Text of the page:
Meanwhile, I’m staying tuned for Grimm this Friday night, to see where NBC decides to take this particular television fad. Given the network’s ratings slide, it had better pull something pretty spectacular out of the hat. Early reviews seem to suggest that Grimm is the stronger show, and I suspect that we’re going to be seeing the two in a cage match by mid season, because I think there’s only room for one reinvisioning of the fairytale on network television right now.

13 thoughts on “Once Upon A Time twists the fairy tale… but not far enough.

  1. Seriously? Don’t you think the fact that Rumpelstiltskin’s name in the real world is Mr. Gold might not be because he’s supposed to be Jewish, but because in the fairy tale, he spun straw into gold? And wouldn’t this ability to transmogrify a substance into gold equate into being very wealthy? Honestly.
    ALL of the real world characters have names that equate to their fairy tale selves (e.g. “Regina” (the Evil Queen) means queen, a “Ruby” (Little Red Riding Hood) is a red-colored gemstone, etc.), not JUST Mr. Gold. If he dropped Yiddish words all over the place, yes, that would indicate that he’s an offensive Jewish stereotype, but as it is, I’d say “Gold” is just a clever tie-in to his fairy tale character.

  2. I enjoyed the pilot episode until the last moments when the greedy landlord was addressed as Mr. Gold. Then, my heart sunk. I watched episode 2 and the antisemitism was worse, so I’ll watch no more. This is an example of how hatred and vile stereotypes get passed down and stay alive over thousands of years. Many viewers won’t even consciously know that an ancient Jewish stereotype is being reinforced by these writers.

  3. Lalala is correct. In many older versions of the story his name is actually spoken of as Rumpelstiltskin Geldmacher (Gold Maker) and like the other characters Mr. Gold is simply a play on his character name. I abhor antisemitism as well; but that is not the case with his name.

  4. OMG You guys need to get a grip and stop trying to THINK you can read between the lines and maenings of a frickin TV show meant for entertainment. Rumple could spin gold into straw, not becasue he is Jewish and is a stingy man im so sick of everything going down a racist road. You are really stretching this one…. Get a Life and worry about your four walls instead of trying to see evil in everyone….

  5. There’s a whole lot of fail in this article. Fail at trying to stir up racism. Fail at actually knowing about Rumplestiltskin and his gold spinning ability. Fail. Fail. Fail.

  6. I just watched the first 5 episodes and was so disgusted and freaked out by the anti-semitism that I thought articles must have been written about it by now. I just did a search that lead me here. I’ll bet everyone who says they didn’t see it in the pilot is feeling pretty lame now! It’s sickeningly obvious! This show is trash.

  7. I have to say that I had not noticed any such thing as racism. I wasn’t looking for them, but I had not noticed them. Not being of a specifically Hebrew backgroud, I can’t speak personally on how hard it must be with a history as blatantly and wrongfully, yet not surprisingly hated as the Jews. I only say “not surprisingly”, because God speaks about it in the Bible repeatedly.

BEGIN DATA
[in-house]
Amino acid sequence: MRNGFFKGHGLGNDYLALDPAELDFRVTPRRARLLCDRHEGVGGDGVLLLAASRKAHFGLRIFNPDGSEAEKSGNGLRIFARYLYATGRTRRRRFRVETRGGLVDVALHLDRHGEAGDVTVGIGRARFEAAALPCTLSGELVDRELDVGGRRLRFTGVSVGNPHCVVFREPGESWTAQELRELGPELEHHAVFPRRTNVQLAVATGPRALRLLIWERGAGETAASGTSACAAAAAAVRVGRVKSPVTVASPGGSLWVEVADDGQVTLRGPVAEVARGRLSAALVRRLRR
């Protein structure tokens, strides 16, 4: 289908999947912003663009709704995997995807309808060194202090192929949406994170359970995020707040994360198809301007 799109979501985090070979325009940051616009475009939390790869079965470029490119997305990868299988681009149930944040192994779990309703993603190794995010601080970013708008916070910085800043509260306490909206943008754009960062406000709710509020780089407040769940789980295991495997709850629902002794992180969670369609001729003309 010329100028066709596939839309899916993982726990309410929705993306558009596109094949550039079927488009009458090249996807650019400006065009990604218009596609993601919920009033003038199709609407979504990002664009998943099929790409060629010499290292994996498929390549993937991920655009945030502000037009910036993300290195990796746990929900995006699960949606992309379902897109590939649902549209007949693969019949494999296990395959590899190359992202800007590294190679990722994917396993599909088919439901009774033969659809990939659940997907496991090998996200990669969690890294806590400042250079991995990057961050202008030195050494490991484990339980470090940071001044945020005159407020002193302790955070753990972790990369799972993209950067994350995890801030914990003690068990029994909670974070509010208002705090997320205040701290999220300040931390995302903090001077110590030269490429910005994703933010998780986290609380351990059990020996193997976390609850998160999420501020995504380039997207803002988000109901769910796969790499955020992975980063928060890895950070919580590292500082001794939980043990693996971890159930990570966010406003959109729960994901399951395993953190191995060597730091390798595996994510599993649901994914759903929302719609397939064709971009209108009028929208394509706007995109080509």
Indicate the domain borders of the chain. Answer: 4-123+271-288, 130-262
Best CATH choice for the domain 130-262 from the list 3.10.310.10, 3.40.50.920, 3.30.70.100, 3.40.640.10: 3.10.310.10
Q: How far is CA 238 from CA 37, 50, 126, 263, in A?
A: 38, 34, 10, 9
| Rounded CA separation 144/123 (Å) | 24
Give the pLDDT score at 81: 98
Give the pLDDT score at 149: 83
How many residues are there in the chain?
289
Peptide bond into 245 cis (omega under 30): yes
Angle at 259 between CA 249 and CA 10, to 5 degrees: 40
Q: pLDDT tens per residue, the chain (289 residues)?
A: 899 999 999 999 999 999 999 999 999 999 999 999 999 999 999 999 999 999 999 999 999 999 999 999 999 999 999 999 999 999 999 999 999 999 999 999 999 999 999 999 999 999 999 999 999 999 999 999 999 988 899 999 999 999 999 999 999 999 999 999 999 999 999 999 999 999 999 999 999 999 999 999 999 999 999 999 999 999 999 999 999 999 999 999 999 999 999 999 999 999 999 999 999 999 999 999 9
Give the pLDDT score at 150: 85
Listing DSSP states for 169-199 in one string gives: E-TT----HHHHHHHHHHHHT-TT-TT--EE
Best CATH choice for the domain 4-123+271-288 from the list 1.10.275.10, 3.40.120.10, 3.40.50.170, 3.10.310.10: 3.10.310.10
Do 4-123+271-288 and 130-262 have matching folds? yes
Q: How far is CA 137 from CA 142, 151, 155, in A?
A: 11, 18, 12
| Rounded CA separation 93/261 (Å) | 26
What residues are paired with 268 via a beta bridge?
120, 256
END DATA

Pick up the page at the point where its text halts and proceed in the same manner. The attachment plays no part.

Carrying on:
What I can say is that regardless of how it may look, a villain has to be portrayed somehow. They may be of a Jewish, African, English, Islamic, or any other national, religious, or ethnic appearance. No matter, whatever the story, if it has a villain, it will be portrayed somehow. Regardless of what that may be, people are bound to be offended. My point being, somewhere along the line every culture is represented somehow. If we take offense every time an IMAGINARY character looks like us, or what our particular branch of humanity is stereo typed as it will just breed more of the same. The truth is that in every culture there probably have been “villains” to varying degree’s. Every culture! Offense can not be taken when the villain in a given day is something akin to the worst side of our own history. And sometimes… fear makes us see demons. I enjoy the show. I love the Jewish people as a whole, and I personally don’t see antisemitism. Having said that, I’ll also take a closer look as I go along. But I welcome you to take another look yourselves.

  8. I would also like to point out that the actor who plays Rupelstiltskin is decidedly Irish. When you hear him speak, it comes across fairly strongly. I only ever see that when I watch. I see him as more of an Irish leprechaun than a symbolic Jew.

  9. Also, when Snow White (as the teacher) gives a speech about hope she’s wearing a silver cross–seriously??

  10. He has a scottish accent his character is not Jewish at all. Not a single hint. I have to think people that went the anti-semitism should question their own thinking. Because they saw a greedy devil like deal making character and assumed he was jewish. Thats the problem with an extreme PC social engineered world. Apparently it makes people so afraid of offending anyone they actually make the racial and and prejudice statements they hope others would avoid.

    Greed is NOT restricted to group of people by a long shot.

  11. Hey, I was watching once upon a time and stopped exactly when the bankers name was gold – i could not belive this….and to TOM and CHRIS ….OMG? really? the medival Rumpelstilzchen is the stereotype of a jew per se, a person who spins straw into gold, robs children, is portrayed as small, dirty, big nose….and so on. Same in Once upon a Time and the name is even Mr. Gold? wtf? so i stop now and start with Grimm…bye from berlin….

    oh and one question: the name of this page is ” global comment: where the world thinks out loud” it’s all in english. Do you think that this idea is colonialist?